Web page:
If you’re tragically not in the know, micheladas are a beer-based cocktail that mix a Mexican beer (like Modelo Especial or Pacifico) with Clamato tomato juice, lime juice, hot sauce, pepper, Worcestershire sauce and a rim of salt or Tajín. And if you really know your shit, you’ll add tasty garnishes like saladitos, olives, cucumber, mango and/or a Tamaroca banderilla candy.
My mouth is watering just typing this out.
Who doesn’t love a drink that also includes snacks??
And if micheladas weren’t perfect enough, they also cure hangovers!
Parks and Recreation/NBC
Tomato juice, spicy foods and hair of the dog are all individually proven as trusty hangover cures. Together they’re unstoppable, forming a Justice League of heroic hangover fighters. Micheladas are the heroes we all need, and definitely want.
But there are imposters out there.
Real Housewives of Beverly Hills/Bravo
A lot of places out there will try to pass off some bunk-ass fake micheladas on their menu. One bar once had the audacity to hand me their blasphemous excuse of a michelada that consisted of basic V8 tomato juice and nothing else in it. Like wtf! To make matters worse, they rimmed it with powder pico de gallo seasoning and tried to claim it was Tajín.
At first I thought this had to be a joke. Surely no one would try to pass this sad, unflavored beer water as a delicious michelada.
The Interview/Columbia Pictures
But they did. They actually did.
No, bitch. No.
I survived though, thankfully. And I learned then that when you find that perfect michelada, with it’s delicate blend of salt and spice and, of course beer, it’s like finding true love.
Latin America is one of the best foodie paradises in the world. As we recently reported, Latin America houses some of the best restaurants and most creative chefs in the world. The foodie revolution in the region is not limited to restaurants but expands to artisanal products such as wines and beers. Yes, classics like Quilmes, XX and Corona still dominate the market in the region, but other smaller breweries are doing their best to bring some variety to the market. Yes, international brands such as Budweiser, which is the most valuable in the world and is going strong in key Latin American markets like Mexico and Colombia, still dominate the market, but cheleros are finding out that not all beer tastes the same.
But cerveza is important in Latin America for economic reasons as well. In Mexico, for example, beer is one massive industry both locally and in terms of exports. According to C.E. NAFTA 2.0: “Mexican beer brands reach more than 180 countries. The United States received 72 percent of exports; the United Kingdom 3.3 percent, China 2.8 percent, Canada 2.8 percent and Chile 1.8 percent.” Mainstream Mexican beer labels are also leading the way in terms of sustainability. As reported by The Swazi Observer: “Green beer used to be a St. Patricks Day gimmick, but a sustainability movement seems to be taking off in the beer packaging industry. Diageo, the manufacturer of St. Patricks Day favorite, Guinness, announced in April that they will eliminate plastic from their beer packaging. In the two months since the Guinness announcement, the brewer of Mexican beer Corona has introduced a new can that doesn’t require plastic ring carriers”. Not bad at all! All these best practices filter down to smaller producers who are starting to make a mark.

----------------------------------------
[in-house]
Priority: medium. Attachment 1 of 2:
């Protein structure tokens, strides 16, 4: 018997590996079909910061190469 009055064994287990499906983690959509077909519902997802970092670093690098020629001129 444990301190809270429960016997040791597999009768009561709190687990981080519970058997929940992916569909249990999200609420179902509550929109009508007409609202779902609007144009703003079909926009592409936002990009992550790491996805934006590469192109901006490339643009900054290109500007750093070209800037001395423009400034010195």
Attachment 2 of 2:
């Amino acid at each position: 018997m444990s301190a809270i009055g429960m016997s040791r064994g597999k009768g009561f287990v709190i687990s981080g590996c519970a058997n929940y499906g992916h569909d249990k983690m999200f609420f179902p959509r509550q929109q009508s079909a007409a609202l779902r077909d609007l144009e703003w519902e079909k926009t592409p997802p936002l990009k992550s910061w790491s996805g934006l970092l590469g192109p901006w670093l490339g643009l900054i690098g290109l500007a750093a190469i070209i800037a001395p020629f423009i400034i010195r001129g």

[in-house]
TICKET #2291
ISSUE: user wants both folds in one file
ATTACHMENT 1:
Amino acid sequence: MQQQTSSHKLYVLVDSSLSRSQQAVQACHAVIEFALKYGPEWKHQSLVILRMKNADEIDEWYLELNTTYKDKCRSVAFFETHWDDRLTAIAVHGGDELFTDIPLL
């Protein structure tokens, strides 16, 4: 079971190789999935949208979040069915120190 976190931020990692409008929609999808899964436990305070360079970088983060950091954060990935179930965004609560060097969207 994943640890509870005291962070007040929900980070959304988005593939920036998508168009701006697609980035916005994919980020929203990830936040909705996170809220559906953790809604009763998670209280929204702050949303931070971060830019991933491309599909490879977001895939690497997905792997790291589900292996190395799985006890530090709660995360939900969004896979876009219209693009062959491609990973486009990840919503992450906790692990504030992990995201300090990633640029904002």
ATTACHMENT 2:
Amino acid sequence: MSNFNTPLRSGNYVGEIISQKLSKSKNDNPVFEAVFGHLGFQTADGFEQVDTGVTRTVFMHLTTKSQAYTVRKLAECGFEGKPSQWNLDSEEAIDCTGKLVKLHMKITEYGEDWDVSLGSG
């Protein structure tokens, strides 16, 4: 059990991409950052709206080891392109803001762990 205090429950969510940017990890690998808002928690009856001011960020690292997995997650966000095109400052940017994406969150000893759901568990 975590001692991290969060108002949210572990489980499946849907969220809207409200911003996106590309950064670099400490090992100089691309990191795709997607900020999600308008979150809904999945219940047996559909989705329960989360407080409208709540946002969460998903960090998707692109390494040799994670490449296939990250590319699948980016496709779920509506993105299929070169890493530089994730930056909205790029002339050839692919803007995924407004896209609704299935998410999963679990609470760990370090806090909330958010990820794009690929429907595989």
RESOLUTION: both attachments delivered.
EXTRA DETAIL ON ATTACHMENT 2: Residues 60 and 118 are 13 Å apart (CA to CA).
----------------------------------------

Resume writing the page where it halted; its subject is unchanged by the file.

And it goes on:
Here are some beers that are worth a taste and that showcase the renewed creativity and commitment of Latin American beer makers. You can find some of these in the United States, and you can try others when you travel to Latin America (it is always a good idea to get to know the region).
Beer: Colimita Country of origin: Mexico Type of beer: lager Pairings: seafood, particularly Sinaloa style mariscos (did anyone say taco gobernador?)
The new star of the Mexican beer landscape. It has an alcohol level of 3.6 percent so it is light and refreshing. What critics say: “Bottle in CDMX. Clear gold with a small white head. The aroma is nice, grassy, hay, bread. The flavor is slightly sweet, crisp, slightly bitter. Medium-light body, crisp. Good for the style” nickd717 in Rate Beer. This beer is growing in popularity in Mexico City and top-notch restaurants such as Pujol often have it at hand. There are other notable small breweries in Mexico such as the now-classic Casta from Monterrey, but Colimita is leading the way in the integration of these small labels into the mainstream.